Oct. 5, 2007
Image: Art© Elizabeth Catlett/Licensed by VAGA, New York, NY
Works by UI alumna Elizabeth Catlett will be at UI Museum of Art
"I Am: Prints by Elizabeth Catlett," a selection of 27 prints by the renowned artist and UI alumna, will be on view Oct. 20 through Jan. 6, 2008 at the University of Iowa Museum of Art (UIMA).
Included in the exhibition is a portfolio of six prints inspired by the poem "For My People" by Margaret Walker, an alumna of the Iowa Writers' Workshop who was Catlett's roommate at the UI. In conjunction with the exhibition, UI theater student Makeba Henry will read selections from Walker's writings at 7:30 p.m. Thursday, Oct. 25, in the UIMA.
Catlett, who studied under Grant Wood, was the first student to receive a Master of Fine Arts degree in sculpture from the UI in 1940. Her overtly political works chronicle the stories and experiences of African-Americans and Mexicans, especially women and children.
"Catlett's work is full of love and tenderness and also, in a way, of sorrow for the past and fear for the future," said Kathleen Edwards, curator of European and American Art at the UIMA.
While visiting Catlett in Cuernavaca, Mexico during the summer of 2006, Edwards selected a group of 27 prints to purchase for the UIMA collection, including several rare impressions. These prints join "Sharecropper" from 1968 at the UIMA, and the bronze sculpture "Stepping Out" from 2000, located in the entry lobby of the renovated Iowa Memorial Union.
The print acquisition was supported by the Edwin B. Green American Art Acquisition Endowment. In turn, Catlett donated the purchase price of the prints to the University of Iowa Foundation to create a scholarship fund at the UI School of Art and Art History. The Elizabeth Catlett Mora Scholarship Fund will benefit undergraduate and graduate printmaking students who are African American or Latino.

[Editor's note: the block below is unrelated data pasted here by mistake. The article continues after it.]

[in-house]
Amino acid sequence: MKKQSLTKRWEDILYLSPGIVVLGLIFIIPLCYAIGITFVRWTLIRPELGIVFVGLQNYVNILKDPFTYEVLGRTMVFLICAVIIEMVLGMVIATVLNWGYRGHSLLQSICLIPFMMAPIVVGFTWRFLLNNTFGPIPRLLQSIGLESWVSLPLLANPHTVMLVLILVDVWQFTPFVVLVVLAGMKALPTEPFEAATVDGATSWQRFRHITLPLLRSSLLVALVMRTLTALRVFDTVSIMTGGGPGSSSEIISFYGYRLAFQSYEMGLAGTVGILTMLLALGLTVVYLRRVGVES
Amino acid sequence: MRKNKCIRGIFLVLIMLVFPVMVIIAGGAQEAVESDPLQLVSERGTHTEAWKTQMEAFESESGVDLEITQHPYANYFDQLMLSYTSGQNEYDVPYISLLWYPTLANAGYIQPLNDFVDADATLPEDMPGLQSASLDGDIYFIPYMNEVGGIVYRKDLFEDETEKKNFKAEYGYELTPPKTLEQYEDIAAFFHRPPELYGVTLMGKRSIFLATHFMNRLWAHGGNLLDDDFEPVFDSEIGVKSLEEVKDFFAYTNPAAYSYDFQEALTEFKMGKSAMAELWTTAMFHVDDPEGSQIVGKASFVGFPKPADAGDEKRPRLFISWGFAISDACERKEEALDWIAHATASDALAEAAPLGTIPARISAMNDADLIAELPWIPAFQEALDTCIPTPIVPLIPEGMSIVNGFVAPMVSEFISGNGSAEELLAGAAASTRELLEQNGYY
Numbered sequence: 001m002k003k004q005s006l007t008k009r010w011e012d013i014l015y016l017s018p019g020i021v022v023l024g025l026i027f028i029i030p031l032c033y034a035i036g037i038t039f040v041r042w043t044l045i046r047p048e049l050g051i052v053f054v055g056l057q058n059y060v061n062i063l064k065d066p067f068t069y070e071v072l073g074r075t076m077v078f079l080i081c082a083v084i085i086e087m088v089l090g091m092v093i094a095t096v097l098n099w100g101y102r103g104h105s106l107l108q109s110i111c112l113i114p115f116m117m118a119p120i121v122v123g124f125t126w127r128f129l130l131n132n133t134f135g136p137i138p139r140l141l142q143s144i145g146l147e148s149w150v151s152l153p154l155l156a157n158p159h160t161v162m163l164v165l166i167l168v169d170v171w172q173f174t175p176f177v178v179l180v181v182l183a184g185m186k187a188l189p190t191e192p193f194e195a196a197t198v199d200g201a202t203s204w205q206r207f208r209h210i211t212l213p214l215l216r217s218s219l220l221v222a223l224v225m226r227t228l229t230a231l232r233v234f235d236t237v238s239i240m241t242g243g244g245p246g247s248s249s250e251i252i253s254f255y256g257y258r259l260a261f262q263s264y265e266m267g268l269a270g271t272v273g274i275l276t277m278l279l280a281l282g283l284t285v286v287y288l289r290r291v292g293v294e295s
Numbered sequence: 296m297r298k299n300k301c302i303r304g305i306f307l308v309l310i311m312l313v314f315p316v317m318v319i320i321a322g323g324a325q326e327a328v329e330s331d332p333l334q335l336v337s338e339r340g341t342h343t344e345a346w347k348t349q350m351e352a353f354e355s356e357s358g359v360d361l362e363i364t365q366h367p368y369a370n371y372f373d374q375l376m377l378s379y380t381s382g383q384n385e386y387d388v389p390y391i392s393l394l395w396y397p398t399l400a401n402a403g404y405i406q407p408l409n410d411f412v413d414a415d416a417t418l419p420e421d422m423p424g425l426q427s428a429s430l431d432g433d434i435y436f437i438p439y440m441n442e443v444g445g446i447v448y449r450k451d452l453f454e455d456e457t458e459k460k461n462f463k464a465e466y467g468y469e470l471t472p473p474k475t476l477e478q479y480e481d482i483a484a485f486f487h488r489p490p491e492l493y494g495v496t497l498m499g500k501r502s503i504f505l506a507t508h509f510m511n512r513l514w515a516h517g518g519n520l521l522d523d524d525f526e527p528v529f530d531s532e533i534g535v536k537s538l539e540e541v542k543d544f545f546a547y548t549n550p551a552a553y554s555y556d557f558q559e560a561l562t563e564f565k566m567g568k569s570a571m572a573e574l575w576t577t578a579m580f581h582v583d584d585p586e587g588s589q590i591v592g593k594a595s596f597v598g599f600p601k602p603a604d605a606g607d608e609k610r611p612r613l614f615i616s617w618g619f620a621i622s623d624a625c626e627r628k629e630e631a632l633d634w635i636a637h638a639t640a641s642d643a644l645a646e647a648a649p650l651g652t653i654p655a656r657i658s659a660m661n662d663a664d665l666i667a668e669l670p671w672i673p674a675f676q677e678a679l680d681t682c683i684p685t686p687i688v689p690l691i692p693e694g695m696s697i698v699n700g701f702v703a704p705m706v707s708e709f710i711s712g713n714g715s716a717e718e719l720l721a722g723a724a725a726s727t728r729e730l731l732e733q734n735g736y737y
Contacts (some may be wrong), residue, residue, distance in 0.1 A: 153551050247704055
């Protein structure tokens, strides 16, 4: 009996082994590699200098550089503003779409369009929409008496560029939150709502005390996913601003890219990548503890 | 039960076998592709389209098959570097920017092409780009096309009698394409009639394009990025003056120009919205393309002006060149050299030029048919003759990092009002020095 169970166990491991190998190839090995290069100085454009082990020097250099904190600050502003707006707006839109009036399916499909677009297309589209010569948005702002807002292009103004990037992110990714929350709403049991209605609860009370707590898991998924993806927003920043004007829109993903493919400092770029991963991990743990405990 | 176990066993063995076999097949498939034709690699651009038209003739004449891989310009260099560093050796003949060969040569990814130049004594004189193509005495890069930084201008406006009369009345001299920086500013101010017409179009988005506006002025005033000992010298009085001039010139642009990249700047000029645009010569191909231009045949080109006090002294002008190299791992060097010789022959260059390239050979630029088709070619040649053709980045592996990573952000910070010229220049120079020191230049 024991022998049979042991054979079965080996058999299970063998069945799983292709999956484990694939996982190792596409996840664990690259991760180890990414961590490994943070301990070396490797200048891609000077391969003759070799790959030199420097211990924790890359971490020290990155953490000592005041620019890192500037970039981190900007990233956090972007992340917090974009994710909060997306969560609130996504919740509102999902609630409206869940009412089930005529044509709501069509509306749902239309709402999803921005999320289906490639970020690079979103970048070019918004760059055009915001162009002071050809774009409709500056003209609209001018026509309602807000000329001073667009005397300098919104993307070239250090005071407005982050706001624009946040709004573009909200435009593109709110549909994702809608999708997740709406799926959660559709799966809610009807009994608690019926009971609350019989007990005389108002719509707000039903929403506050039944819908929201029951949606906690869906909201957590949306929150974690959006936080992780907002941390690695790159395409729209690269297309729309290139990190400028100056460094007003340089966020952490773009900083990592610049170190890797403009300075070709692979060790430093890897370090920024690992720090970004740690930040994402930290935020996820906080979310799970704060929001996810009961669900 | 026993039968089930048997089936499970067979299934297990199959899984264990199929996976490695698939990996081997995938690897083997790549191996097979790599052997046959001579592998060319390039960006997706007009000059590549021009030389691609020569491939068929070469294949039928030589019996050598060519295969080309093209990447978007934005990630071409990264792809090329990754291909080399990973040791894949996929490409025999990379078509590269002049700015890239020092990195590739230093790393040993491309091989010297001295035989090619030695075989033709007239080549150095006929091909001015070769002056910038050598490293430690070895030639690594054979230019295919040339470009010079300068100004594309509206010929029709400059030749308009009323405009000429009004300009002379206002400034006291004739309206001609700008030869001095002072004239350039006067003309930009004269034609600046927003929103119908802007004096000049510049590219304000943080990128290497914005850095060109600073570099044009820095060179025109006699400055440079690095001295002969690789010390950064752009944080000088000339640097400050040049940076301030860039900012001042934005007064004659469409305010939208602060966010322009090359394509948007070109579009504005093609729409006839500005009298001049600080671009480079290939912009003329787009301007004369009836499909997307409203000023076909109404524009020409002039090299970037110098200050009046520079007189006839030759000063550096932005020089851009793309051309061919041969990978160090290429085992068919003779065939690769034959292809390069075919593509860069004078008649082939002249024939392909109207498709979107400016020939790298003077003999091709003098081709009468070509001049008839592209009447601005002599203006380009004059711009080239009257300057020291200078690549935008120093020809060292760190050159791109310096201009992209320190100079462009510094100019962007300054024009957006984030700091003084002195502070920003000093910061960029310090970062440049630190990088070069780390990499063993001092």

Born in Washington, D.C. in 1915, Catlett went to Mexico City on a fellowship in 1946, drawing inspiration for her early work from the populist murals of Diego Rivera and Jose Clemente Orozco. She eventually settled in Mexico, embarking on a career that would cement her as one of the most celebrated living African-American artists. She has received a Lifetime Achievement award in Contemporary Sculpture from the International Sculpture Center in addition to many other accolades.
Walker studied creative writing at the UI and received her Master of Fine Arts degree from the university in 1940. She returned for her doctorate in 1965. Her work has been widely celebrated; she has won the Yale Younger Poets award for "For My People," and her novel "Jubilee" has received great critical acclaim.
The exhibition is free and open to the public.
The UI Museum of Art, located on North Riverside Drive in Iowa City, is open noon to 5 p.m. Wednesday, Saturday and Sunday, and noon to 9 p.m. Thursday and Friday. Admission is free. Public metered parking is available in UI parking lots west and north of the museum.
For more information on the UI Museum of Art visit http://www.uiowa.edu/uima on the World Wide Web.
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STORY SOURCE: University of Iowa Arts Center Relations, 300 Plaza Centre One, Suite 351, Iowa City, IA 52242-2500
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